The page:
One of the best parts about living in Taipei now, is all the places to go! I love how old spaces such as this tobacco factory has been renovated into spaces for exhibitions, restaurants, cafes and a bookstore. The old warehouses are perfect for holding exhibitions. The interiors are vast, and the ceilings are high.
On this visit, I stopped in Warehouse A, to see the Design Solution, Swedish Design for 170 Years Exhibit.
I’ve subconsciously loved Swedish design for probably most of my life. Whenever I’m poring over furniture or interior layouts online, or in magazines, my eyes are always directed towards simple designs, clean lines and light colors.
Such as this bookshelf. I love the fact that it’s adjustable to different heights, and how it would look at home in so many different types settings.
An exhibit without Swedish design would not be complete without a hearty mention of IKEA. IKEA is all about democratic design, which means their mission is to provide well designed, durable, and functional furniture for the many.
Unlike the U.S., or other countries, where there are a lot of affordable, functional and oftentimes beautiful furniture options, Taiwan does not have as many choices. We are slowly getting some stores from abroad, such as Crate and Barrel, but their furniture is currently way out of my price range. I’m so grateful that IKEA is in Taiwan, and IKEA is the reason why I can have a couch, a dining room table and a bed all at the same time. Because of IKEA, I have a real table to eat my meals on, a real bed to sleep on, and a couch to recline on. I can invite friends over, and they will have somewhere to sit down too!
On my way out of Warehouse A, I noticed this wall. And I had to stop and stare at it for a long time. Because it’s the solution I have been looking for, for the past 6 months. I’m currently renting an apartment, and the landlord will not allow me to paint the walls, or remove some seriously ugly wall decals. I’ve covered the decals in the living room with 6 bulletin boards from IKEA. The other eyesore is one wall in the bedroom, which has some really ugly grey marks. I tried covering the part with the marks with washi tape, but it didn’t work. This “petal wall” looks like a pretty solution to my dilemma.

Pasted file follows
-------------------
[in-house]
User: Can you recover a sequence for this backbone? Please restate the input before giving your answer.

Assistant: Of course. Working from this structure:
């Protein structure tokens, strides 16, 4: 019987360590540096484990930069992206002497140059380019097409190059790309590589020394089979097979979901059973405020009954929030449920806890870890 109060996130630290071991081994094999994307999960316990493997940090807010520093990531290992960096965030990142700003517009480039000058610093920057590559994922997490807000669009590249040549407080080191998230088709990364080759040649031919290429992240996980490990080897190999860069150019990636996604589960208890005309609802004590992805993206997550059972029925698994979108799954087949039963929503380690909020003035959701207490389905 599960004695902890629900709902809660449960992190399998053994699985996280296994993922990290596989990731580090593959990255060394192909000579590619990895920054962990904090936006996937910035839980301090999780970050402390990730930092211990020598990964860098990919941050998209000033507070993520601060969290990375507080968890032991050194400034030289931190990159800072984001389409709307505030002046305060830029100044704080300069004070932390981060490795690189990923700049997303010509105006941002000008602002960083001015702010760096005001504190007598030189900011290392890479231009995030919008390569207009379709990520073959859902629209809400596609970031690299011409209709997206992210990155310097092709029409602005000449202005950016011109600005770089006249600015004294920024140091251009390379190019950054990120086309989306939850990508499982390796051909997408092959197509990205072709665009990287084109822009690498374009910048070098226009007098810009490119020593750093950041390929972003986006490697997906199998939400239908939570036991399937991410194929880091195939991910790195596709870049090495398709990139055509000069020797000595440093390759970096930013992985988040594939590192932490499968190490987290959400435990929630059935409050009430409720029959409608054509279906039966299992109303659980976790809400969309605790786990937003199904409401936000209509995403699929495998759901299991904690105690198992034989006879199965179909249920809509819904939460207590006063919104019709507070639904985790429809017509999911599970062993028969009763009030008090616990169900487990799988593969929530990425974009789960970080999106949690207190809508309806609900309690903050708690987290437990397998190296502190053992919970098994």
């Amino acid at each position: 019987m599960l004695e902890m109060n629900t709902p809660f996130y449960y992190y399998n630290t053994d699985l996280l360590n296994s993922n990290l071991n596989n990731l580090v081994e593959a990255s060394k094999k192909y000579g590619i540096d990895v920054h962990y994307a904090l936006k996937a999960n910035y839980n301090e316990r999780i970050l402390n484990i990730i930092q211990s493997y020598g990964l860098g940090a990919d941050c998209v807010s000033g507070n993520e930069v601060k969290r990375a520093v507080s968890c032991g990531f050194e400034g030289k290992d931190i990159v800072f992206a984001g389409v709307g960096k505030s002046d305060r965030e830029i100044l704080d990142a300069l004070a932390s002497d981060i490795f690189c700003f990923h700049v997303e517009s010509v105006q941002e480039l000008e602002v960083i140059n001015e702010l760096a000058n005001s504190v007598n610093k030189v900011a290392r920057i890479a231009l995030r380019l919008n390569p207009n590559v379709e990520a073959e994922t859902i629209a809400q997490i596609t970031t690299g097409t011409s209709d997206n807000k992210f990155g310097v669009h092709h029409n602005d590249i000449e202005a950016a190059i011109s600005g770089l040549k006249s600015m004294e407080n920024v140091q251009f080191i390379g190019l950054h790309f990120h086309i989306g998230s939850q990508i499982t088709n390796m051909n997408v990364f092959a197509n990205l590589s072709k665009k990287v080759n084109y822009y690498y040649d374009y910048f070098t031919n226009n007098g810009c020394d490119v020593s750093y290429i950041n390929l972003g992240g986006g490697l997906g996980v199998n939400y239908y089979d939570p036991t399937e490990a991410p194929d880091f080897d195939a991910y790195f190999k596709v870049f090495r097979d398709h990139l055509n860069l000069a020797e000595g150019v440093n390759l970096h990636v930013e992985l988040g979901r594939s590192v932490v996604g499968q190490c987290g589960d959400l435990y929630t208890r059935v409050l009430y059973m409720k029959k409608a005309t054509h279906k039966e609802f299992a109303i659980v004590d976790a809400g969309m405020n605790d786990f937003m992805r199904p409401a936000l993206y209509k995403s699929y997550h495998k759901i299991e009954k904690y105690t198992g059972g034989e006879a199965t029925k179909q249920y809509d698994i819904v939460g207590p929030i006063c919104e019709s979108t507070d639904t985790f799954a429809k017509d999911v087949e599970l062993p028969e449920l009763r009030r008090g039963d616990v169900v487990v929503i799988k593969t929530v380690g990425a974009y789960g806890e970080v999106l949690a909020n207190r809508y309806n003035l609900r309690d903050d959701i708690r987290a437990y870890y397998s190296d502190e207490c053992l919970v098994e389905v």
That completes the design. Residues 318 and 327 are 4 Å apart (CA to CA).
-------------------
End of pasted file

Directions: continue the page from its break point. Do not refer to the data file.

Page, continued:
If you’re interested, the Swedish Design for 170 Years Exhibit 2016 is on until April 10. (Also check back to see if I make that petal wall happen in my home!)
My next stop after visiting the exhibit was Fujin Tree 353 Cafe on the first floor of the Eslite building.
Love the airy feeling in this cafe. There are lovely plant arrangements everywhere, even swaying gently from the ceiling.
I ordered a caramel macchiato, which arrived with a napkin, with an interesting phrase : I want to be your favorite hello and your hardest goodbye. Hm. Not quite sure how I feel about that one. But, certainly something to think about.
The best part about Fujin Tree was that there was a huge stack of Monocle and Kinfolk magazines free for customers to browse through.
I enjoy Monocle so much, I am seriously thinking about subscribing. Maybe as a birthday present to myself next year. Coincidentally, all the issues I read had articles about homes. One of my favorite topics in the world, so I even took notes. Whenever the weather starts turning warm, I start to reassess my living spaces, and I’m thinking about undertaking some spring cleaning projects and activities. Do you feel motivated by spring to make changes and updates to your home?
Information: Warehouse 1, Songshan Cultural and Creative Park. No.133, Guangfu South Road, Xinyi District, Taipei City 11072